Poor Mayo. Poor, poor Mayo. I'm sure the last thing they want now is sympathy but it's hard not to feel for them on yet another All-Ireland final loss. Even Galway lads might experience a pang this week for their neighbours.
Mayo brought one of the best teams to a replay and still at the final whistle were just pipped by a single point. Beaten by a better team and in some ways, possibly beaten by themselves.
When Mayo and the Dubs meet, the eye is always drawn to the Lee Keegan v Diarmuid Connolly battle. The most naturally gifted footballer of our generation against the tightest of markers. More often than not it's Keegan who has come out on top.
I created an illustration (above in GIF form, below in original form) based on their duel, on the premise that whoever came out on top may well lead to their team claiming the Sam Maguire. In the illustration, I have the "mountain" that Mayo must climb illustrated in the profile of Diarmuid Connolly's head and famous jawline. The jaw may be more pronounced than real life but only slightly so! His marker, Lee keegan is seen hanging off the cliff face, trying to reach the summit where he could finally get his hands on the Sam Maguire.
There is a mountain goat just below him, chewing a Dublin jersey - a nod back to the drawn game where Connolly was left with his jersey in shreds.
I had a leaning towards Mayo before both games. I feel we were robbed of what may have turned out to be the greatest of clashes in the Keegan and Connolly saga. Keegan had notched ahead in this battle, scoring a superb goal before the ridiculous black card intervened and left Connolly without his admirable foe.
Dublin turned the screw and sent on the best of their bench to reclaim the cup for the second year running.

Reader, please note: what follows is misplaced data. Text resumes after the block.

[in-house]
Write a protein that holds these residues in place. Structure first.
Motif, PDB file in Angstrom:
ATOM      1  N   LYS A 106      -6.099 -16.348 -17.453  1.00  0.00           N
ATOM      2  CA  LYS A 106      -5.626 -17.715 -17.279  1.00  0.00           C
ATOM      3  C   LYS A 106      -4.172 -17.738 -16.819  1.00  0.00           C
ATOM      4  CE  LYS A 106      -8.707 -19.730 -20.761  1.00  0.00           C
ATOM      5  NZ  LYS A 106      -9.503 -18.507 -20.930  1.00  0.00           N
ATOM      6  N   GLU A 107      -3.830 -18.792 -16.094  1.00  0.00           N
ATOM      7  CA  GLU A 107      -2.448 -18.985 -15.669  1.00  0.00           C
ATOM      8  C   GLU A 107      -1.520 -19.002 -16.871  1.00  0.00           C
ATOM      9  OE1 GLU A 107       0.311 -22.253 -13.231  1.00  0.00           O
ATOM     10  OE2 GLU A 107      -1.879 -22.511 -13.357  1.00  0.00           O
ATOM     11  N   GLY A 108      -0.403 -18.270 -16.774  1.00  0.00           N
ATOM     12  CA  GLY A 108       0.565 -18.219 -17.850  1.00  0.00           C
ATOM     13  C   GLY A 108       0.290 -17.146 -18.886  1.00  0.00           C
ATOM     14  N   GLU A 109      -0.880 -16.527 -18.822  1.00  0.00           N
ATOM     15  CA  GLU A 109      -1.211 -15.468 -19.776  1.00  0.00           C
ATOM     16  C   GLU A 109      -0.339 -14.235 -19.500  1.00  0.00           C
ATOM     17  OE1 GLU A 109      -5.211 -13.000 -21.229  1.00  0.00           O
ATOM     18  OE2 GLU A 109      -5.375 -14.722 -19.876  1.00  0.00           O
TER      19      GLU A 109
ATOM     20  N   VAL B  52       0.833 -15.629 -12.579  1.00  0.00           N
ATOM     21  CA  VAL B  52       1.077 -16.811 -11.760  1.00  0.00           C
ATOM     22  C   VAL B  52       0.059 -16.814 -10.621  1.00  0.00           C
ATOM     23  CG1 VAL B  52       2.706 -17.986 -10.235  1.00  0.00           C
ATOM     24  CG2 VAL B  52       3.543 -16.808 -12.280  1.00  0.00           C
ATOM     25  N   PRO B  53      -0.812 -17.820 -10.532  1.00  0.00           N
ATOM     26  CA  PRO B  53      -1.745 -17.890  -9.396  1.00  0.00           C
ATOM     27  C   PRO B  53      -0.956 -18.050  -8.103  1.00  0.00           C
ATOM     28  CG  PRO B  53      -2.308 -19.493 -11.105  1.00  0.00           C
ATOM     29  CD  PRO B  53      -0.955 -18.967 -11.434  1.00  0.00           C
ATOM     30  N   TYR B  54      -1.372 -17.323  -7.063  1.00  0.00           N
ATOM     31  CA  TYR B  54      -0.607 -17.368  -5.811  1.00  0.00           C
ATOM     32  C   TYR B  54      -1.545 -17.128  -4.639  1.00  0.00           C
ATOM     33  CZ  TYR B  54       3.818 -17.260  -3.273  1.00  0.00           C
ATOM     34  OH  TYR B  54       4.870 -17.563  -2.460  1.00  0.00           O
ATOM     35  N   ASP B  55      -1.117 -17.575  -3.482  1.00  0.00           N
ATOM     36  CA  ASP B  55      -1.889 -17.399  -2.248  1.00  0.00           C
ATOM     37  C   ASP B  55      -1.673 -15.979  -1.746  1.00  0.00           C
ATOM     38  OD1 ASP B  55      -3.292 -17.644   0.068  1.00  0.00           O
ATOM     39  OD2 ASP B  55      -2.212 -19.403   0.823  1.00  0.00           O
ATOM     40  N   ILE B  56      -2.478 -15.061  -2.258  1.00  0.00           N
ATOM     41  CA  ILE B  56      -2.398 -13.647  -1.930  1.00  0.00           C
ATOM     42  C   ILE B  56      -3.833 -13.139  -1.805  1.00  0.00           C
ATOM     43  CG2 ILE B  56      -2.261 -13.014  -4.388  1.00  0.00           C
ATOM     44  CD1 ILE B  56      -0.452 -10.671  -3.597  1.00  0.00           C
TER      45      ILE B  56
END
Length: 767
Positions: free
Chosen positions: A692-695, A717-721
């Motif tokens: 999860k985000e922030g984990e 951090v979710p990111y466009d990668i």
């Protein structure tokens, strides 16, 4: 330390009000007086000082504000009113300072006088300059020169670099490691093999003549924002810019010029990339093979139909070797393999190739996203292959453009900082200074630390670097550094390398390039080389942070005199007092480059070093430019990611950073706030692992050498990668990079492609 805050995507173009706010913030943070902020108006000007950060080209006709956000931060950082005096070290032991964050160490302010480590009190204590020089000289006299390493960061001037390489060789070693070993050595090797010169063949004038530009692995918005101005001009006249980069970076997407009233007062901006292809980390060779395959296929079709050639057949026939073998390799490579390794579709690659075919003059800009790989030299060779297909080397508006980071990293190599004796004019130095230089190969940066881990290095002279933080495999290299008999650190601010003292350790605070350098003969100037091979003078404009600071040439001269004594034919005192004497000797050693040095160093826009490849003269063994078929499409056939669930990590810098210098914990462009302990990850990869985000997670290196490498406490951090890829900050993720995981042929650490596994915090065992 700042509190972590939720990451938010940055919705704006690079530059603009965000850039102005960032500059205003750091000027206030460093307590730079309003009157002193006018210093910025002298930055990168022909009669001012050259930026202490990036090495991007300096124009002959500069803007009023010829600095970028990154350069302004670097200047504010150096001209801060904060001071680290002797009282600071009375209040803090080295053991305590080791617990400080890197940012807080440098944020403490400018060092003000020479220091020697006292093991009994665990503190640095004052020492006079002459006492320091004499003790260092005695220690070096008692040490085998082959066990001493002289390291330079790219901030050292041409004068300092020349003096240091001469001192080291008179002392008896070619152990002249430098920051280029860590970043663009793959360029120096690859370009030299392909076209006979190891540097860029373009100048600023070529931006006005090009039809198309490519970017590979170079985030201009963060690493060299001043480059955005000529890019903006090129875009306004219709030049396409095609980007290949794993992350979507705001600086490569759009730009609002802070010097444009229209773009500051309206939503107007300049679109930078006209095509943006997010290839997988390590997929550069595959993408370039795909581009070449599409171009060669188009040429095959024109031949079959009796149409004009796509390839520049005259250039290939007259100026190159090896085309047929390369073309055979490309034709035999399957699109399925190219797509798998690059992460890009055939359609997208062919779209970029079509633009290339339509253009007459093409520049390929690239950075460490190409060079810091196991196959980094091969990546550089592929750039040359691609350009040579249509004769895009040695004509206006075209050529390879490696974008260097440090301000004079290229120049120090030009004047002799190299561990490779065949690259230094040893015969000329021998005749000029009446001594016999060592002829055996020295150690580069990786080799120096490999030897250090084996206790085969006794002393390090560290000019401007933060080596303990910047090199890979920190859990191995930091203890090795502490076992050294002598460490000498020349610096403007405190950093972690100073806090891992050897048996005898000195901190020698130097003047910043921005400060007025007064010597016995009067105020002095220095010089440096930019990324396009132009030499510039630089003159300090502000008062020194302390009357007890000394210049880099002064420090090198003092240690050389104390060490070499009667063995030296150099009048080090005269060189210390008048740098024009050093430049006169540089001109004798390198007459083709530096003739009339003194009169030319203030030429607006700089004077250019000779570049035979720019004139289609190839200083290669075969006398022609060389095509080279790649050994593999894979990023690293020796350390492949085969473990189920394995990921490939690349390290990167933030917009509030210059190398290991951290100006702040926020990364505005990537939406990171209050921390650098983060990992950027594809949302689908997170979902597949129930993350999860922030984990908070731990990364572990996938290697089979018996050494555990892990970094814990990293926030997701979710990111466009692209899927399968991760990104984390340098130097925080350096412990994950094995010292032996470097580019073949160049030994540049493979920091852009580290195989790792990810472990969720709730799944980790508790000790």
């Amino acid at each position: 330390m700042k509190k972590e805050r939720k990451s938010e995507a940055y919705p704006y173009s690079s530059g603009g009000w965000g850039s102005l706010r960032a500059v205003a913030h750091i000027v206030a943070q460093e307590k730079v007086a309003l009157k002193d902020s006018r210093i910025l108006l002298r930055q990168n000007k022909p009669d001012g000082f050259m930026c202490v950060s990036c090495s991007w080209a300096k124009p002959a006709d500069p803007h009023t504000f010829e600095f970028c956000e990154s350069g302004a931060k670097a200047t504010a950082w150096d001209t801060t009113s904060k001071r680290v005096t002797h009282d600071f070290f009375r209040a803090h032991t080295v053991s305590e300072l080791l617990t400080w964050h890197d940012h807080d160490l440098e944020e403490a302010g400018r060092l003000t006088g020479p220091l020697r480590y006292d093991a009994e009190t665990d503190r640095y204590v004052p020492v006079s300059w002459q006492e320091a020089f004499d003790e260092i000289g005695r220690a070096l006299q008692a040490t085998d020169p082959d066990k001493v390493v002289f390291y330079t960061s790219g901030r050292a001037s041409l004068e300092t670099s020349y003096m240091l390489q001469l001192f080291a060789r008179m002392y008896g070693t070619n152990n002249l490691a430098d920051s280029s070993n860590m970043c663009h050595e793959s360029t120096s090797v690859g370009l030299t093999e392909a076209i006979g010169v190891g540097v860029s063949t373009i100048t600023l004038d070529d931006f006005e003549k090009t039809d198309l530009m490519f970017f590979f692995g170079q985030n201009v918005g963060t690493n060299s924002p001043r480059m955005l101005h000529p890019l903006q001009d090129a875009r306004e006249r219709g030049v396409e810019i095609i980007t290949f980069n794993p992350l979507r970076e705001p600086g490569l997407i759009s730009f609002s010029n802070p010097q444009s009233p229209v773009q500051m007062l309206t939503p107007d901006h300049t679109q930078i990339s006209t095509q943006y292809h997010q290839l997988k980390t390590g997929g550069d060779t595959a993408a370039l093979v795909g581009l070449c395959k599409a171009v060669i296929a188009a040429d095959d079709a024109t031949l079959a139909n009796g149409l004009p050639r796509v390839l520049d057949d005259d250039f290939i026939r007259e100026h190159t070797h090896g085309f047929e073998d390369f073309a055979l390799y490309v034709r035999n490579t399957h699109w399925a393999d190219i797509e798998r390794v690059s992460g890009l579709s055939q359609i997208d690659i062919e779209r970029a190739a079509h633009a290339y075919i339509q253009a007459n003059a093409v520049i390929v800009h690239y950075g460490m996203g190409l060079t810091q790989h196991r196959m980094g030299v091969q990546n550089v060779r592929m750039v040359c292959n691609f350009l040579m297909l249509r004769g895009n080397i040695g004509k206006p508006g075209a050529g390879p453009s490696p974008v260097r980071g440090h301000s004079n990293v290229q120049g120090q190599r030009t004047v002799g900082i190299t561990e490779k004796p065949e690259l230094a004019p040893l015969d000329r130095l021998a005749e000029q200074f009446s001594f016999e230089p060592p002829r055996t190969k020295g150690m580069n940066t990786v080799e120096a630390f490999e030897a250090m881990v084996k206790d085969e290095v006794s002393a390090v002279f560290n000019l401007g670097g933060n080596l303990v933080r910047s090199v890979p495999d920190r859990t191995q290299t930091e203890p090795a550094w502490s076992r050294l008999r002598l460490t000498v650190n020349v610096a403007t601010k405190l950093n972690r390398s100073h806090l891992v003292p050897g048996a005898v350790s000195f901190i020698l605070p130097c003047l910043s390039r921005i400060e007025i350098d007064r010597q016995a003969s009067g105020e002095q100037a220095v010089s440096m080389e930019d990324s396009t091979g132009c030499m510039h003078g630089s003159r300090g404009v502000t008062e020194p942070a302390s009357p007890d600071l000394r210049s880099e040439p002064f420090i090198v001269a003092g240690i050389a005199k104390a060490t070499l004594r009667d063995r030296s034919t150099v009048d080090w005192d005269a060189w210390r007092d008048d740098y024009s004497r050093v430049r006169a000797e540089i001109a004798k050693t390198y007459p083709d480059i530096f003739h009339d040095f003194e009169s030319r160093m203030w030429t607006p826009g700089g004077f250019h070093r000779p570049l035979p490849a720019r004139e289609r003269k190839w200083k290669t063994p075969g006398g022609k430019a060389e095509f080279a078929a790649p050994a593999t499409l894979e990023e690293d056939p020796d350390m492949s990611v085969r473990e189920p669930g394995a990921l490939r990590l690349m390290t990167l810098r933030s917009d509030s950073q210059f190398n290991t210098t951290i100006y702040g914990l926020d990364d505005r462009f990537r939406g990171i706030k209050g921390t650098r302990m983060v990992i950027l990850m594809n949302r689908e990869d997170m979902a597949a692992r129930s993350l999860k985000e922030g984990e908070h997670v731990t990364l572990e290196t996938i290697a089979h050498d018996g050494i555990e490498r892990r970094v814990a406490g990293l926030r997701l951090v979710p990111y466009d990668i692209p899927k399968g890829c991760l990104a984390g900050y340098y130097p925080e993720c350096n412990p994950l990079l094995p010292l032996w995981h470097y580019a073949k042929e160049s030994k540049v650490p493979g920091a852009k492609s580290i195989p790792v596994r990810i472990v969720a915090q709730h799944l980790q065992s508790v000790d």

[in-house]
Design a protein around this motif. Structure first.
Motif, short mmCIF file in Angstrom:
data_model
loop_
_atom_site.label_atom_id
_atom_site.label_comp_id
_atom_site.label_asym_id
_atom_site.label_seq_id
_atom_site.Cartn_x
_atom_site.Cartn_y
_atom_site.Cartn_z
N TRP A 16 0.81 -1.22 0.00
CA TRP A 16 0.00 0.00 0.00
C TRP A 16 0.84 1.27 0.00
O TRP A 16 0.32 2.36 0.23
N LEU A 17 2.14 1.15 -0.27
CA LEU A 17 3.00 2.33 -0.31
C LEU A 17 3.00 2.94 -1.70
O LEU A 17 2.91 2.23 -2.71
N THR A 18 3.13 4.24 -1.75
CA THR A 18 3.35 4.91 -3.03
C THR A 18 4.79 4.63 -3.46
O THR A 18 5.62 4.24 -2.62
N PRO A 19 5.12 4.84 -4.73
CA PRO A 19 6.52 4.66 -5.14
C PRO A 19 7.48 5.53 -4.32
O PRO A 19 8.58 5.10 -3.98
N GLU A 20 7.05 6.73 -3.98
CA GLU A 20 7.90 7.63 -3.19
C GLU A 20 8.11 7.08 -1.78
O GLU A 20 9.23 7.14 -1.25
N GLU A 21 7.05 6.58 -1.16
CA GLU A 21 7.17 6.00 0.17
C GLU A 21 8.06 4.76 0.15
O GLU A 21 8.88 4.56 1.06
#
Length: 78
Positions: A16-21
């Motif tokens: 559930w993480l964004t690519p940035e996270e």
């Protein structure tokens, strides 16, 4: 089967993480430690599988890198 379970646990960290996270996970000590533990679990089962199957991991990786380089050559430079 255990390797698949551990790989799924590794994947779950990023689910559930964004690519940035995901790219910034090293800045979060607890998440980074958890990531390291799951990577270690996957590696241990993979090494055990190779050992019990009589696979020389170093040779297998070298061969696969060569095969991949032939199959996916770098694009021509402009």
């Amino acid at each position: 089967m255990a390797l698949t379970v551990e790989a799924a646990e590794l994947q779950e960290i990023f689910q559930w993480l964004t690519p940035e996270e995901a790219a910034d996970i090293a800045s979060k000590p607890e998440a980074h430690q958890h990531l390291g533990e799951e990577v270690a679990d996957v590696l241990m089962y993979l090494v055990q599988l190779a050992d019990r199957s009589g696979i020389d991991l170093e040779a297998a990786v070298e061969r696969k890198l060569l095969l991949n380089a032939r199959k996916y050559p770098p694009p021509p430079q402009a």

Mayo are left dangling for yet another year.
On the 4th of June, Meath defeated Antrim in the Christy Ring Cup Final by a point. Antrim were huge favourites going into the game but the Royals seemed to claim a famous victory. However it turned out that the referee and the scoreboard operator had the incorrect score at the end and the game had actually ended in a draw.
After a few days deliberation both teams agreed to a replay of the final on the 25th June in Croke Park. Again, the men from the Glens were favourites to win but the Meathmen pipped them with the last puck of the game in extra-time.
Meath captain James Toher is one of the very few to lift the same cup twice in one year.
It was like Groundhog Day for the Royals...
Pádraic Collins, better known as Podge, is back on the inter-county hurling scene this year having concentrated sole with the county footballers last year. Podge's father is the current football manager and his brother is also on the team.
Podge stood out in the minor and U21 grades for Clare and made his debut for the seniors in 2012.
A year later he played a huge role in securing an All-Ireland for the Banner County after a replay victory over Cork. He was nominated for Hurler of the Year and won his first All Star that year.
He's one of the most exciting players around and covers every blade of grass for Clare.
It's tough being a Wexford GAA follower these days. The U21s gave us something to shout about for the past 3 years but limped out tamely in their first game this year. The senior hurlers were poor against Dublin and the footballers lost out on League promotion from Division 4.
From the highs of the hurlers beating Clare and Waterford in 2014, the footballers competing for Leinsters, to where we are now, down near the bottom of the pack again, it's tough to be a yellow belly!
Learning to make GIFs lately and I thought the boul Davy was ripe for "GIFing" up.
Here, Davy follows the play on the sideline, when suddenly an incident occurs. Davy disagrees with the incident of course and vents his frustration, typically towards the poor referee in charge.